Open Access Tuesday: Time Travel
Apologies that this is late, we had a family emergency yesterday that involved phrases like emergency room and immediate surgery. The patient is fine, was released yesterday into my custody, and had best be following physician instructions about resting.
But I did lose a day so let’s pretend for my sake that it is still Tuesday.
Last week I did a presentation at Computers in Libraries, so today’s topic is how that does/does not help my tenure bid. It counts in a well-sorta kind of way.
Conference presentations count in one of two ways. If one is presenting a paper, it counts more on the research side of things. Juried conferences are preferred. Ideally said presented paper would then lead to a publication in a peer reviewed journal, of course, but it’s understood that not everything at conferences makes its way into print (or e). It’s one of the reasons medical librarians particularly spend a lot of time learning how to access what is called “gray literature”–which includes conference proceedings, posters, many government reports and other things that are interesting and certainly may move medicine forward but aren’t in a nice neat JAMA article.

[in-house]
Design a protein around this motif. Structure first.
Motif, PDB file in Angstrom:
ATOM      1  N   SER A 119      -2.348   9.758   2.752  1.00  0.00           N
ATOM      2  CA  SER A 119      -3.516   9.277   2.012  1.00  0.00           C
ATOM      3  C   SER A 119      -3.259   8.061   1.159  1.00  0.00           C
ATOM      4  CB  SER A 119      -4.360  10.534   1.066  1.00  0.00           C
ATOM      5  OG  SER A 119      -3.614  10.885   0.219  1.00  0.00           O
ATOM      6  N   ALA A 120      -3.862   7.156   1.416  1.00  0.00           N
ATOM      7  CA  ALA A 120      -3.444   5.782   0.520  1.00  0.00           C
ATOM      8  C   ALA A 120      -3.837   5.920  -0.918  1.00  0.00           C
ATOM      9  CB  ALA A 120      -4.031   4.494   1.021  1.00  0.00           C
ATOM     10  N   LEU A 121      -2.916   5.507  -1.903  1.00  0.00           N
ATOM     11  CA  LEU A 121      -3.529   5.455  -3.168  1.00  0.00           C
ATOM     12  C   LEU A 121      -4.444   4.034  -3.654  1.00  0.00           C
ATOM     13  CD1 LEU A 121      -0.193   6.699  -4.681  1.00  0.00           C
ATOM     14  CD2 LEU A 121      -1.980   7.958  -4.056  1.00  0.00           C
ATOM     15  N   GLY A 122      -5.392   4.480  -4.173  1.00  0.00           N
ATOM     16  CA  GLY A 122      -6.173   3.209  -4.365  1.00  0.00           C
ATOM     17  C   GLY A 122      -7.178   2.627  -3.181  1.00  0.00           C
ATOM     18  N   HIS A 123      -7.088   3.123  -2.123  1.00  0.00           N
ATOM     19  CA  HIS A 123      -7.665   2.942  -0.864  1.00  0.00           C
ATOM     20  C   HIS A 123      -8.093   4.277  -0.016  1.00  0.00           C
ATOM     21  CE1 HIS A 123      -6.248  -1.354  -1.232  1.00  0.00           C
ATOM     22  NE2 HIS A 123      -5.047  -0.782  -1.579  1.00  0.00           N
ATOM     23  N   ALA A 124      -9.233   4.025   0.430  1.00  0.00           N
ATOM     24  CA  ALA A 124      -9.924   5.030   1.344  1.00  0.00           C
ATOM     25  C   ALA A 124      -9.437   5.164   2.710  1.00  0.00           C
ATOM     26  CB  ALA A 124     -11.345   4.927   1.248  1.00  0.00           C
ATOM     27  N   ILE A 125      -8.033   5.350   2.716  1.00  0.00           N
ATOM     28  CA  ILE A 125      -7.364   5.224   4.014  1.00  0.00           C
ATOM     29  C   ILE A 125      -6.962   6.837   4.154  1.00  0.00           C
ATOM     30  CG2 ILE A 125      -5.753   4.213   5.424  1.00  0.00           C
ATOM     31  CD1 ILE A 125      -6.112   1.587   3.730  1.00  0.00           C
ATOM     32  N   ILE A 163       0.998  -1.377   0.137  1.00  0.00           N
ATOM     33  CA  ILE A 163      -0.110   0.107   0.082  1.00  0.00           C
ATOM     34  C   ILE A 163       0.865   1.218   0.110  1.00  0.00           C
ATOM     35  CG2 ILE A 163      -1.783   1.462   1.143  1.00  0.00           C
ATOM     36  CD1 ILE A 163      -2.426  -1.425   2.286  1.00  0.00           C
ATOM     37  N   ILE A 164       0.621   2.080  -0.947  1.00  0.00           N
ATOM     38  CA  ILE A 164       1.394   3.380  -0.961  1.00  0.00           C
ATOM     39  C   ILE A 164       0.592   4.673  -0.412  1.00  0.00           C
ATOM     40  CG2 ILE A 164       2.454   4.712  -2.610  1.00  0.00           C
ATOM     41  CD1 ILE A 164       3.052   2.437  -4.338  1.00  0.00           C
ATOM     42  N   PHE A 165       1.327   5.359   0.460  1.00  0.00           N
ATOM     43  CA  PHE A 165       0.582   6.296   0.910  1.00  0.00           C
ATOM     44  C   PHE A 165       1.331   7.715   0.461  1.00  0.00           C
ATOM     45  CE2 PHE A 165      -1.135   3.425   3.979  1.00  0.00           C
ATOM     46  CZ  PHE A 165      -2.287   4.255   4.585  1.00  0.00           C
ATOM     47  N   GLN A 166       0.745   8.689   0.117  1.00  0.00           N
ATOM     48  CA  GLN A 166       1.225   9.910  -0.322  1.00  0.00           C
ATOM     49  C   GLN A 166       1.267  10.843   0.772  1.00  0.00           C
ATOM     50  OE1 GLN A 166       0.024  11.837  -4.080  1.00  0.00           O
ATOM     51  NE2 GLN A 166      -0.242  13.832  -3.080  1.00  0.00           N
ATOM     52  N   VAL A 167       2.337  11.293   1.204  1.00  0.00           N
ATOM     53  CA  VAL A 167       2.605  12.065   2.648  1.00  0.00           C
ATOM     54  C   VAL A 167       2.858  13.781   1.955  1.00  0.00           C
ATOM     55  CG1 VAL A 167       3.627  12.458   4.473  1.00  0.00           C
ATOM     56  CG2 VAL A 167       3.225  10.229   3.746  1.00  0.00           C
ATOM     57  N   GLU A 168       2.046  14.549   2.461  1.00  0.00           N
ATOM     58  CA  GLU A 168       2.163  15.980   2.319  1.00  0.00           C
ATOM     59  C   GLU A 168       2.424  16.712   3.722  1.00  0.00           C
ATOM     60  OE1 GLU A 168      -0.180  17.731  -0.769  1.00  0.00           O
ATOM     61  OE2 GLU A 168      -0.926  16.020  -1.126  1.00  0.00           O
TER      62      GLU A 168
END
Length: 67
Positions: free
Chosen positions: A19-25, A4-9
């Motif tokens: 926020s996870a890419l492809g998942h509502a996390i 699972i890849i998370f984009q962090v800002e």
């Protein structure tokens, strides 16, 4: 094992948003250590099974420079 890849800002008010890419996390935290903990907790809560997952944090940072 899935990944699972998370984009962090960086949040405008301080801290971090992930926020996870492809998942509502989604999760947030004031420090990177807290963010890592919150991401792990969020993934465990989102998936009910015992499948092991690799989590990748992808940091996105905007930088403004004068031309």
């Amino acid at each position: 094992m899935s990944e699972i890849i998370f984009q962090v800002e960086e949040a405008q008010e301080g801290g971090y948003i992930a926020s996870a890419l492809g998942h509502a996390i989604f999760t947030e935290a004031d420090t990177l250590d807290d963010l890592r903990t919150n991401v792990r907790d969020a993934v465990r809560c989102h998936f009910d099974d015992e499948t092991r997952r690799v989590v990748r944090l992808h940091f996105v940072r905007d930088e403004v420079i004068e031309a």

Otherwise, giving a conference presentation counts as service, which is considered one of the easier areas to excel in. It still counts, but holds a lot less weight. Conference presentations are not what the external reviewers are particularly concerned about and they’re not valued as highly by the other faculty as they might be within the library community. However, giving these presentations builds national reputation, finds me other people to collaborate with, spurs conversations that certainly come back to work, makes work look shiny, may possibly prompt publications, so on and so forth. There’s value, it’s just not necessarily the end product.
This is rather different from most of the other tenure track faculty that I know about. I know at SUNY Potsdam and UT-Chattanooga more weight is granted for national presentations (or local/state presentations). It’s one of the differences/challenges of being at an R1.
Question for the readers: If you’re tenure track, how does a conference presentation count for you?
We now return you to your regularly scheduled Wednesday.